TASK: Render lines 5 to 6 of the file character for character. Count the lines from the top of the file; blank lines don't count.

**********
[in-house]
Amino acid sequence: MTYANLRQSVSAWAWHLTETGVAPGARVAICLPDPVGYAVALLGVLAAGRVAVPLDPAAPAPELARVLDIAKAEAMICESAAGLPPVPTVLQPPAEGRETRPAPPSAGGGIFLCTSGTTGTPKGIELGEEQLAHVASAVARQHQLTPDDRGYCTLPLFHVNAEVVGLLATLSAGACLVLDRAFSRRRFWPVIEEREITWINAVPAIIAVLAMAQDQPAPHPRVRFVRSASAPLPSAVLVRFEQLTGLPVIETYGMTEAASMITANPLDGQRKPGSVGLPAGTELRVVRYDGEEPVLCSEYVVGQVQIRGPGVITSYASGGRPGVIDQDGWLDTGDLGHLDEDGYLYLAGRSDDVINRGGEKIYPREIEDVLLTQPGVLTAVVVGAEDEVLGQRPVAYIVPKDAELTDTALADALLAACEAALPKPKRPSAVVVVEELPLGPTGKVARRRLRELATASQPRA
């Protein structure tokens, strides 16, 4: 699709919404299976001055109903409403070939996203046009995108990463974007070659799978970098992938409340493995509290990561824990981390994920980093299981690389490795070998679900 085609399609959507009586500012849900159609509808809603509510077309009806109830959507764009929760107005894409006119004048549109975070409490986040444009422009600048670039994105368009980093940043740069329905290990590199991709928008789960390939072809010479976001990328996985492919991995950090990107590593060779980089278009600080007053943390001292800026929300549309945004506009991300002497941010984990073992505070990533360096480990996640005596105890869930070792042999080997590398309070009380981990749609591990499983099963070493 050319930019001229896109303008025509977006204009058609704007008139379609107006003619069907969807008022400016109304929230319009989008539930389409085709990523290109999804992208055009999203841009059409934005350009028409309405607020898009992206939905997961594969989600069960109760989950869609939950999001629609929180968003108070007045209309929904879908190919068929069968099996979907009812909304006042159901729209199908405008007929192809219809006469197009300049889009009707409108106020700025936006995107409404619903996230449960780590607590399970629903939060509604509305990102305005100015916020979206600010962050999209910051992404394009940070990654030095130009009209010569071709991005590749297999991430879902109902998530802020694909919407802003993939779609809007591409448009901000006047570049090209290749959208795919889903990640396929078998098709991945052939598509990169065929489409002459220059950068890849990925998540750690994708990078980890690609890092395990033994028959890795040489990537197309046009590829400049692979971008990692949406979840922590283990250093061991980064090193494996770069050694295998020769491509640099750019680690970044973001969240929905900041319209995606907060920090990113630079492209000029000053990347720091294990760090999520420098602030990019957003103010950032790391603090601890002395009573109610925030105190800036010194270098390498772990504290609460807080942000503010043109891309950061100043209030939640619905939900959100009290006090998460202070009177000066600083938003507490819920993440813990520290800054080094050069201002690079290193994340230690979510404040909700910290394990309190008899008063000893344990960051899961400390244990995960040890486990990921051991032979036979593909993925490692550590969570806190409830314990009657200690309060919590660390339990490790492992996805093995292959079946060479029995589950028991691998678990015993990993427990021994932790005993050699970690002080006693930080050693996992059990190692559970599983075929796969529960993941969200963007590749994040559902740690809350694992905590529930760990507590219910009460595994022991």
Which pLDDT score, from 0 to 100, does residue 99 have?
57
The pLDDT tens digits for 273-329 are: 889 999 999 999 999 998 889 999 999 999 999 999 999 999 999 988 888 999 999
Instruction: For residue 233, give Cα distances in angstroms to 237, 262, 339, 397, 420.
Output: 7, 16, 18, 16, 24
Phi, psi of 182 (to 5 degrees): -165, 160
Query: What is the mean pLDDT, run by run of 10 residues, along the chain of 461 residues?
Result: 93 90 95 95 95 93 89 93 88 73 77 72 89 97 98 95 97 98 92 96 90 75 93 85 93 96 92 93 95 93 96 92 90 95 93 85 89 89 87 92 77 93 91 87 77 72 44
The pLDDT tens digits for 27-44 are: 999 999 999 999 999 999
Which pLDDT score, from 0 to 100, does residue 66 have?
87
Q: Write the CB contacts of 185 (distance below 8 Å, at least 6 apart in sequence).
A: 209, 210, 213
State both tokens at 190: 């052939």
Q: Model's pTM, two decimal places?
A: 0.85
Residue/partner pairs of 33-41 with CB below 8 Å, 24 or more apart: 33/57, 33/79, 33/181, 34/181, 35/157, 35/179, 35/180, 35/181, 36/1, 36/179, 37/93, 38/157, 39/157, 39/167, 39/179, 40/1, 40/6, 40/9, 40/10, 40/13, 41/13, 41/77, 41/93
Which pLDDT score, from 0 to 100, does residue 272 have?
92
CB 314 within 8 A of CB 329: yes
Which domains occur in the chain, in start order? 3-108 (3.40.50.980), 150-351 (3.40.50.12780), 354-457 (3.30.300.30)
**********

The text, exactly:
57
The pLDDT tens digits for 273-329 are: 889 999 999 999 999 998 889 999 999 999 999 999 999 999 999 988 888 999 999